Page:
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        What to Expect?

        Myofascial release (or MFR) is designed to treat immobility and discomfort that accumulates in our connective tissue when it stiffens and loses its ability to flex with our movement.
        Fascia is a web of fibres that pervades our entire physical being so this stiffening of the tissue can felt in our muscles, organs and joints.

        In traditional chinese medicine (TCM) each season correlates to a particular set of organs. Meridians are associated with each of the organs so it makes sense to support our bodies in alignment with the corresponding season.

        In each seasonal workshop there will be a focus on specific trigger points located along the related meridian lines with yin postures to compliment.

        The associated meridian lines affected by the seasons are:

        In Winter: Kidney and Bladder

        In Spring: Gall Bladder and Liver

        In Summer: Heart, Triple Warmer and Small Intestines

        In Autumn: Lungs and Large Intestines.

        Chinese philosophy suggests two forces exist, yin and yang, or internal/external so it makes absolute sense to treat both. If we focus on each of the meridians within the seasons we are offering not only internal support but the external assistance to our body. MFR offers a holistic approach to spirit and body.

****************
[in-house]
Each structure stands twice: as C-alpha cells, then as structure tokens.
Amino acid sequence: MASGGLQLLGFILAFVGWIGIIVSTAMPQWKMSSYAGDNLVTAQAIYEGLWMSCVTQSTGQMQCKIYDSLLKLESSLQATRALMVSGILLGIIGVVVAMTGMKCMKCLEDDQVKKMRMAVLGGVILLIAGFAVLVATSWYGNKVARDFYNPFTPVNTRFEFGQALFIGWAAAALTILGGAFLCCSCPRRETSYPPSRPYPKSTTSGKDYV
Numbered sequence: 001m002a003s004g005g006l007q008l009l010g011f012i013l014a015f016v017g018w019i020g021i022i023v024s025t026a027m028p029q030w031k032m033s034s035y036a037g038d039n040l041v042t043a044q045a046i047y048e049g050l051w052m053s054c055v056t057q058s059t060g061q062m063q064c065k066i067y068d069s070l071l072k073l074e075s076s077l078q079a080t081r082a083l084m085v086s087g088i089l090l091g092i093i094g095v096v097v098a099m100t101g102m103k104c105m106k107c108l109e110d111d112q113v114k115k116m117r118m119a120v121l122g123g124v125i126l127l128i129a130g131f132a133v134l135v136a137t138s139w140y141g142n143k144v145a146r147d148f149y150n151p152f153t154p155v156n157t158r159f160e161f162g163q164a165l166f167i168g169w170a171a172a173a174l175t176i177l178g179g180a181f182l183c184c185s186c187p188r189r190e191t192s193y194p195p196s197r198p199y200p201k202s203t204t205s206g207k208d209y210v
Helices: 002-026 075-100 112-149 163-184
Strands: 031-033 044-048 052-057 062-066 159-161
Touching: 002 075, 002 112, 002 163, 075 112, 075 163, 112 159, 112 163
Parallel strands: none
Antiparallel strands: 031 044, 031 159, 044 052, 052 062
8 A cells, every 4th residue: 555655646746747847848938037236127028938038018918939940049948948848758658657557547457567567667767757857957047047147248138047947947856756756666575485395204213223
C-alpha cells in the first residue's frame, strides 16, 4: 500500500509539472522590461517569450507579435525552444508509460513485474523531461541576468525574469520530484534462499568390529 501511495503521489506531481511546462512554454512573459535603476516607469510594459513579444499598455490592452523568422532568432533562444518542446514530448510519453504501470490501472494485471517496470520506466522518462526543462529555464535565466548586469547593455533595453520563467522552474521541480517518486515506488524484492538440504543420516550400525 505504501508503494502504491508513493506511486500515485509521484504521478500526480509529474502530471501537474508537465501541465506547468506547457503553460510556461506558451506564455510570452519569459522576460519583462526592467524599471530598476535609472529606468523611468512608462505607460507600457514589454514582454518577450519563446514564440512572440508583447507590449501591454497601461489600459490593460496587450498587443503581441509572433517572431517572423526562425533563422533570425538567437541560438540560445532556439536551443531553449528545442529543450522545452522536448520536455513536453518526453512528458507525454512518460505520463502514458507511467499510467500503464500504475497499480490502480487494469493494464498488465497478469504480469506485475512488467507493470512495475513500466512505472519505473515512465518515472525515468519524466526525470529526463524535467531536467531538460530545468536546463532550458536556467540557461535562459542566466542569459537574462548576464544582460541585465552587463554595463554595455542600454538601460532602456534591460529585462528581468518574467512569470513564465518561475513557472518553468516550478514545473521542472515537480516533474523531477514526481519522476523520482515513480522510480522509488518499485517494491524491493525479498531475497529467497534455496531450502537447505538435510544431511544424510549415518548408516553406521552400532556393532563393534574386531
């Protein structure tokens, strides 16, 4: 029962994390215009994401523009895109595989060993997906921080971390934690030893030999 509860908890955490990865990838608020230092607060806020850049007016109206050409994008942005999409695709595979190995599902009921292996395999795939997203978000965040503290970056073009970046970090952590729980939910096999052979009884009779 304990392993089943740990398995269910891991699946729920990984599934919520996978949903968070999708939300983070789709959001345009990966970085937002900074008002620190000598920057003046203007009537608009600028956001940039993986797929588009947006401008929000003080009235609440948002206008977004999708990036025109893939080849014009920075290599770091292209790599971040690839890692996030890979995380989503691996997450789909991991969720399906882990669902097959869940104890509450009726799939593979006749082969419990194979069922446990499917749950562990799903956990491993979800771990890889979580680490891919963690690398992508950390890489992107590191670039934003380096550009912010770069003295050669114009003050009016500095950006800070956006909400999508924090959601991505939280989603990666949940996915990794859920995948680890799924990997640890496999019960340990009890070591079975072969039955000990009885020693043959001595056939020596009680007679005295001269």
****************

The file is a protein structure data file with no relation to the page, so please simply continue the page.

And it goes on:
At each event we will randomly pick a winner from the group to receive a set of myofascial release balls valued at $30!!



        Spanda School, 203 South Terrace, South Fremantle

        Winter: Sunday, 30th July: 1.30pm – 3.30pm (EB ends 20th July)

        Spring: Sunday, 29th Oct: 1.30 – 3.30pm (EB ends 19th Oct)

        Summer: Sunday, 14th Jan 2024: 1.30-3.30pm (EB ends 4th Jan)

        Autumn: Sunday, 21st Apr 2024: 1.30 – 3.30pm (EB ends 11th Apr)


        $45 Early Bird (EB) ends 10 days before each event date

        $50 Late Bird

        $45 Spanda Members & Repeaters

        Click date above to book via MindBody directly

        MORE INFO



        Fascia is a thin casing of connective tissue that surrounds and holds every organ, blood vessel, bone, nerve fibre and muscle in place. The tissue does more than provide internal structure; fascia has nerves that make it almost as sensitive as skin. When stressed, it tightens up.

        Although fascia looks like one sheet of tissue, it’s actually made up of multiple layers with liquid in between called hyaluronan. It’s designed to stretch as you move. But there are certain things that cause fascia to thicken and become sticky. When it dries up and tightens around muscles, it can limit mobility and cause painful knots to develop.